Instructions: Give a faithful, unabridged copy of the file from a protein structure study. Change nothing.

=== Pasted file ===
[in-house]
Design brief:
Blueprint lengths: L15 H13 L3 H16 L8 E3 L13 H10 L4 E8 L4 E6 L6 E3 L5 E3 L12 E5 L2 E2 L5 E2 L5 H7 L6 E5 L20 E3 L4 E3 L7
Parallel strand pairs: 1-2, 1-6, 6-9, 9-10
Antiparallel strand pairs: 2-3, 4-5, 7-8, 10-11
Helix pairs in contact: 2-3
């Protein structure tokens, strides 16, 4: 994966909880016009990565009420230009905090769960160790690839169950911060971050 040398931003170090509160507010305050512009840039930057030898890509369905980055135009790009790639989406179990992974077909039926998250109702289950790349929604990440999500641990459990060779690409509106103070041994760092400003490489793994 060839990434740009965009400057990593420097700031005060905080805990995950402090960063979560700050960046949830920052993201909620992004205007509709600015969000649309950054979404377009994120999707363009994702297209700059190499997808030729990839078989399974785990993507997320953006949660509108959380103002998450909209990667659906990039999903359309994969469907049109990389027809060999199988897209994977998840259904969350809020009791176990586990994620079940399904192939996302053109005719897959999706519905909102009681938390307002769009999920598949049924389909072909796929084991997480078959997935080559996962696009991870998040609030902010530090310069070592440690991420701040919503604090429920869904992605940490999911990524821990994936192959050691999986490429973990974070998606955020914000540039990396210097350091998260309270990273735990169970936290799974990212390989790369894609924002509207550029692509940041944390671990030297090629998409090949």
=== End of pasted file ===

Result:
[in-house]
Design brief:
Blueprint lengths: L15 H13 L3 H16 L8 E3 L13 H10 L4 E8 L4 E6 L6 E3 L5 E3 L12 E5 L2 E2 L5 E2 L5 H7 L6 E5 L20 E3 L4 E3 L7
Parallel strand pairs: 1-2, 1-6, 6-9, 9-10
Antiparallel strand pairs: 2-3, 4-5, 7-8, 10-11
Helix pairs in contact: 2-3
């Protein structure tokens, strides 16, 4: 994966909880016009990565009420230009905090769960160790690839169950911060971050 040398931003170090509160507010305050512009840039930057030898890509369905980055135009790009790639989406179990992974077909039926998250109702289950790349929604990440999500641990459990060779690409509106103070041994760092400003490489793994 060839990434740009965009400057990593420097700031005060905080805990995950402090960063979560700050960046949830920052993201909620992004205007509709600015969000649309950054979404377009994120999707363009994702297209700059190499997808030729990839078989399974785990993507997320953006949660509108959380103002998450909209990667659906990039999903359309994969469907049109990389027809060999199988897209994977998840259904969350809020009791176990586990994620079940399904192939996302053109005719897959999706519905909102009681938390307002769009999920598949049924389909072909796929084991997480078959997935080559996962696009991870998040609030902010530090310069070592440690991420701040919503604090429920869904992605940490999911990524821990994936192959050691999986490429973990974070998606955020914000540039990396210097350091998260309270990273735990169970936290799974990212390989790369894609924002509207550029692509940041944390671990030297090629998409090949």